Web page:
Before you begin the hard work of crafting a grant application or proposal, you need to have a clear idea in your mind about the elements needed to achieve your goals. This includes detailed knowledge of the budgets, timelines, scopes of work and expected outcomes. This is not something to do while developing the grant proposal--it is best done in advance.
One thing to get straight is the difference between your organization’s operations, programs and specific projects. Making sure you are using the correct term, and coordinating each will help you determining which applications to send to potential funders.
Operations of an organization are the continuing and repetitive activities that are done in order to achieve the mission and conduct business. Operations don’t always have a definable end and are not a ‘one-time-only’ effort. Operations or operational costs are not generally supported in grant funding so you will need to be creative illustrating operational costs in your proposal. (Example: an organization whose mission is to encourage life-long learning could have regular operational activities, such as board meeting, to oversee work toward their mission and to ensure that it is achieved over time. )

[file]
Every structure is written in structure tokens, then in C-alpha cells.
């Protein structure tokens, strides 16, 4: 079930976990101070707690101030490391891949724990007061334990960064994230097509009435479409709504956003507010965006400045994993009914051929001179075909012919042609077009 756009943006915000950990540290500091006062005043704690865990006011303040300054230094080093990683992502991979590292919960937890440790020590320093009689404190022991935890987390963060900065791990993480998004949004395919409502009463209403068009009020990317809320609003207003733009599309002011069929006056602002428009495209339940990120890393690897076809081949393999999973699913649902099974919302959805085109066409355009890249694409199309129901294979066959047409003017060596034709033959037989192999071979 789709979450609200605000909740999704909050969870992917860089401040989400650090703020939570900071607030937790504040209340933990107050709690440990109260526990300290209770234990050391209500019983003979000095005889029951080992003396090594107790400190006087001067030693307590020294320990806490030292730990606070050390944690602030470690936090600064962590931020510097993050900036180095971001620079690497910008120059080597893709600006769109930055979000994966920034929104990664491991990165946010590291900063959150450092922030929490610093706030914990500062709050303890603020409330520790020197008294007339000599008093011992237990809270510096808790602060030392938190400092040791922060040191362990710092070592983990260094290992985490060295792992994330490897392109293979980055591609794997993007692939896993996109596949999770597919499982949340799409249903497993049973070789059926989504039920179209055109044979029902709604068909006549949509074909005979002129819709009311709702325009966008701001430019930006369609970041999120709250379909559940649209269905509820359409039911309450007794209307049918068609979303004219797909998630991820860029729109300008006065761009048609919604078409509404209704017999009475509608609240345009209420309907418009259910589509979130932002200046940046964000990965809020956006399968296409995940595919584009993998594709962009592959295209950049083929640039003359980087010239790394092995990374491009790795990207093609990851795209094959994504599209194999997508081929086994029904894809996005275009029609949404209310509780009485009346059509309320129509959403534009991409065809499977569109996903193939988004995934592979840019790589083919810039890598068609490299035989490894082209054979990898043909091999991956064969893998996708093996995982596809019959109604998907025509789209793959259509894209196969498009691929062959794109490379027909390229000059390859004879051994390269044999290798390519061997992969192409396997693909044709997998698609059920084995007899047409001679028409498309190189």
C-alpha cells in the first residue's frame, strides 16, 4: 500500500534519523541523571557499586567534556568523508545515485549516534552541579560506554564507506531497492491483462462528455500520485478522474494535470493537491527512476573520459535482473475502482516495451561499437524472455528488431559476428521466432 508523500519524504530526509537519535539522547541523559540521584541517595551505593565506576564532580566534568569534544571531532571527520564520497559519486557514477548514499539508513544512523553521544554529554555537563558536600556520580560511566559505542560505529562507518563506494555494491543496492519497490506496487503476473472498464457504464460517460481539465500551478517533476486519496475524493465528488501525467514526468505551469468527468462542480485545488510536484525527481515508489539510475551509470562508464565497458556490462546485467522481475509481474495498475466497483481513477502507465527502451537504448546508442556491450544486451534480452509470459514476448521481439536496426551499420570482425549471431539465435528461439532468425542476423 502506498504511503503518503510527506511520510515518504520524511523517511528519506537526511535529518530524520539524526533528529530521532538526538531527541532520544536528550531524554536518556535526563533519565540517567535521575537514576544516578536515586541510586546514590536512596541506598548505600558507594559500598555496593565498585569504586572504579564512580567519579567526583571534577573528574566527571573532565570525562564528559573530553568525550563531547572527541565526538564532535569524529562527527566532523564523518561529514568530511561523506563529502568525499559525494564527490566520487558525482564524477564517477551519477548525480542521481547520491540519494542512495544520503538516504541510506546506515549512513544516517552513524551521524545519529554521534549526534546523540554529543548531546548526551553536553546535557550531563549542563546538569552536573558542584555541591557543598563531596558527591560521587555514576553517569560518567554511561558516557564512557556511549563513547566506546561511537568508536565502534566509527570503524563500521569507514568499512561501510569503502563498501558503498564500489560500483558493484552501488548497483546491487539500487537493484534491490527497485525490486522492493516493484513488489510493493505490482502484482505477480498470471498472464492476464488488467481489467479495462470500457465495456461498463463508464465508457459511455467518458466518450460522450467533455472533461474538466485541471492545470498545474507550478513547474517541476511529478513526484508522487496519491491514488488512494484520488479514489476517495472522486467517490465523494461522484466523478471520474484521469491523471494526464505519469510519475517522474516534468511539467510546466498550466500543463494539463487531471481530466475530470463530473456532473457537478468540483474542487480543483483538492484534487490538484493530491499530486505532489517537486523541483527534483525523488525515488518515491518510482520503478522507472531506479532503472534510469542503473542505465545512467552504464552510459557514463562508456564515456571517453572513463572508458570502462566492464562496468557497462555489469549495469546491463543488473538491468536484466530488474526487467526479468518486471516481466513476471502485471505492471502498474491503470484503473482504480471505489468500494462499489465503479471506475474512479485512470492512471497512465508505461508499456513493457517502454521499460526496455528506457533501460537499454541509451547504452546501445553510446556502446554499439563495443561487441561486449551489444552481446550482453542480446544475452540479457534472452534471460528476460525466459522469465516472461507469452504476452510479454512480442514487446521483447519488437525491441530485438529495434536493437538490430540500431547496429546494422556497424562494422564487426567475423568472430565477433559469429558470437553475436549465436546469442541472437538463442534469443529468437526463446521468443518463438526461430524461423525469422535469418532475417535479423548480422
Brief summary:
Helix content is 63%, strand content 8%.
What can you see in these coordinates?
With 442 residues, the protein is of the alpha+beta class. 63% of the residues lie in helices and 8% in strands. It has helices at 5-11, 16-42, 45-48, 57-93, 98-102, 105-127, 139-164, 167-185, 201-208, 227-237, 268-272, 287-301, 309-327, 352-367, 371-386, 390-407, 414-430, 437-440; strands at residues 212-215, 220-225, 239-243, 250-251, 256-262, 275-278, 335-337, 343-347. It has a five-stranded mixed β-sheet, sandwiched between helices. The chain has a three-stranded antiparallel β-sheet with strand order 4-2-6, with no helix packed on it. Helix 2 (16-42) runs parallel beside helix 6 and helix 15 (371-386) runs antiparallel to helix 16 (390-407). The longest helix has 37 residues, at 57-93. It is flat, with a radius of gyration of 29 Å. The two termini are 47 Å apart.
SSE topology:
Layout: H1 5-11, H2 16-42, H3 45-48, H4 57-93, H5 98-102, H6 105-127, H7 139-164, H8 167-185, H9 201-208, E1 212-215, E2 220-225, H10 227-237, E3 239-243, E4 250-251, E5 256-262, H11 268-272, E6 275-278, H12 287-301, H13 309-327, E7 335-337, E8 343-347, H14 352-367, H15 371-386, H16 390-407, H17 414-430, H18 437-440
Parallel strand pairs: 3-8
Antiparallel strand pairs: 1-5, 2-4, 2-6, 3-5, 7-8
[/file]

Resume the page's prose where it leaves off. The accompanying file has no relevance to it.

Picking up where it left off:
A program is a group of related projects managed or coordinated in order to maximize outcomes or work effort. Funding agencies often award grants to support ongoing programs, but only when the application can clearly articulate the fiscal and programmatic importance of the work to achieving the organizational mission. (Example: an organization encouraging life-long learning could present a variety of outreach, membership or educational programs that are continually presented to maintain activity toward the mission.)
A project is a ‘temporary’ work endeavor undertaken to create a unique and specific product or deliverable with a specific end date or time. A project could be one element of a program and should reflect specific milestones to ensure success. The successful grant applications, supporting projects will include project management outcomes that identify how the organization will plan, execute, control and end a specified activity that is aligned to the organizational mission. (Example: an organization encouraging life-long learning could plan a symposium on the topic of learning as a part of their ongoing educational programming, with the intent that it will be a one-time event.)